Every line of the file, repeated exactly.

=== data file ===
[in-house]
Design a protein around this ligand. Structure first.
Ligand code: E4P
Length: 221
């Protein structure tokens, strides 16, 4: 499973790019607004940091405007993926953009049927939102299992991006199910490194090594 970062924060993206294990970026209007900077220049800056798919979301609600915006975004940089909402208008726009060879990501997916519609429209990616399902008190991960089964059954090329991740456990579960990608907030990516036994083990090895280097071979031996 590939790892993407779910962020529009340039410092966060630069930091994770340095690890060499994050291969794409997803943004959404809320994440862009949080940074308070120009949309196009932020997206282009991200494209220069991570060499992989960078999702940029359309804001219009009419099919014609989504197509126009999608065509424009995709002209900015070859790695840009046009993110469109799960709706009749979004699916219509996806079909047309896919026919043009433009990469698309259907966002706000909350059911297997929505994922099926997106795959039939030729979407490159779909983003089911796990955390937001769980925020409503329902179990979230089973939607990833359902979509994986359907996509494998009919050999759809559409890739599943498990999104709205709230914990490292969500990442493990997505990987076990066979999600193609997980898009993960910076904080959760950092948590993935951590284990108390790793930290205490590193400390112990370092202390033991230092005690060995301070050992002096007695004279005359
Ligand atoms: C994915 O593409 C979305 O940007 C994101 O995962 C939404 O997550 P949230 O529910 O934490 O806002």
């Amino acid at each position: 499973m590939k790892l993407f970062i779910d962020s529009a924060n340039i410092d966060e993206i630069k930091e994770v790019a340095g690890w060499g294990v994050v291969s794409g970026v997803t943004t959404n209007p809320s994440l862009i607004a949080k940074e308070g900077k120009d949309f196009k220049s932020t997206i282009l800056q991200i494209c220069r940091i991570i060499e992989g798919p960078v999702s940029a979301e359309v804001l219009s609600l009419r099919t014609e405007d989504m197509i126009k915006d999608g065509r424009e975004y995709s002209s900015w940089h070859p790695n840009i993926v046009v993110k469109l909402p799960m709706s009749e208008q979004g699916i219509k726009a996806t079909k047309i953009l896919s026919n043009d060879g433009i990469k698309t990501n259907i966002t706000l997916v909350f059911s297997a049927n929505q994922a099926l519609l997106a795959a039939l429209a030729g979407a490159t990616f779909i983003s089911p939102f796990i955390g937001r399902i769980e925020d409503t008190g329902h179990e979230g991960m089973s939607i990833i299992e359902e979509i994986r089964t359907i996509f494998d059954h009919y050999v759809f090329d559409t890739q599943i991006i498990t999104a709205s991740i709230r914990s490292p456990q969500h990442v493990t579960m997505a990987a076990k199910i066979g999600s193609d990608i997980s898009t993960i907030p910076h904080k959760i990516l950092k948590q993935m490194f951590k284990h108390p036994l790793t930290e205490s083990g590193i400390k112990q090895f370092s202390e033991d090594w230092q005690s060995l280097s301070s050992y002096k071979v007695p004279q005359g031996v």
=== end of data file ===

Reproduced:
[in-house]
Design a protein around this ligand. Structure first.
Ligand code: E4P
Length: 221
């Protein structure tokens, strides 16, 4: 499973790019607004940091405007993926953009049927939102299992991006199910490194090594 970062924060993206294990970026209007900077220049800056798919979301609600915006975004940089909402208008726009060879990501997916519609429209990616399902008190991960089964059954090329991740456990579960990608907030990516036994083990090895280097071979031996 590939790892993407779910962020529009340039410092966060630069930091994770340095690890060499994050291969794409997803943004959404809320994440862009949080940074308070120009949309196009932020997206282009991200494209220069991570060499992989960078999702940029359309804001219009009419099919014609989504197509126009999608065509424009995709002209900015070859790695840009046009993110469109799960709706009749979004699916219509996806079909047309896919026919043009433009990469698309259907966002706000909350059911297997929505994922099926997106795959039939030729979407490159779909983003089911796990955390937001769980925020409503329902179990979230089973939607990833359902979509994986359907996509494998009919050999759809559409890739599943498990999104709205709230914990490292969500990442493990997505990987076990066979999600193609997980898009993960910076904080959760950092948590993935951590284990108390790793930290205490590193400390112990370092202390033991230092005690060995301070050992002096007695004279005359
Ligand atoms: C994915 O593409 C979305 O940007 C994101 O995962 C939404 O997550 P949230 O529910 O934490 O806002």
């Amino acid at each position: 499973m590939k790892l993407f970062i779910d962020s529009a924060n340039i410092d966060e993206i630069k930091e994770v790019a340095g690890w060499g294990v994050v291969s794409g970026v997803t943004t959404n209007p809320s994440l862009i607004a949080k940074e308070g900077k120009d949309f196009k220049s932020t997206i282009l800056q991200i494209c220069r940091i991570i060499e992989g798919p960078v999702s940029a979301e359309v804001l219009s609600l009419r099919t014609e405007d989504m197509i126009k915006d999608g065509r424009e975004y995709s002209s900015w940089h070859p790695n840009i993926v046009v993110k469109l909402p799960m709706s009749e208008q979004g699916i219509k726009a996806t079909k047309i953009l896919s026919n043009d060879g433009i990469k698309t990501n259907i966002t706000l997916v909350f059911s297997a049927n929505q994922a099926l519609l997106a795959a039939l429209a030729g979407a490159t990616f779909i983003s089911p939102f796990i955390g937001r399902i769980e925020d409503t008190g329902h179990e979230g991960m089973s939607i990833i299992e359902e979509i994986r089964t359907i996509f494998d059954h009919y050999v759809f090329d559409t890739q599943i991006i498990t999104a709205s991740i709230r914990s490292p456990q969500h990442v493990t579960m997505a990987a076990k199910i066979g999600s193609d990608i997980s898009t993960i907030p910076h904080k959760i990516l950092k948590q993935m490194f951590k284990h108390p036994l790793t930290e205490s083990g590193i400390k112990q090895f370092s202390e033991d090594w230092q005690s060995l280097s301070s050992y002096k071979v007695p004279q005359g031996v």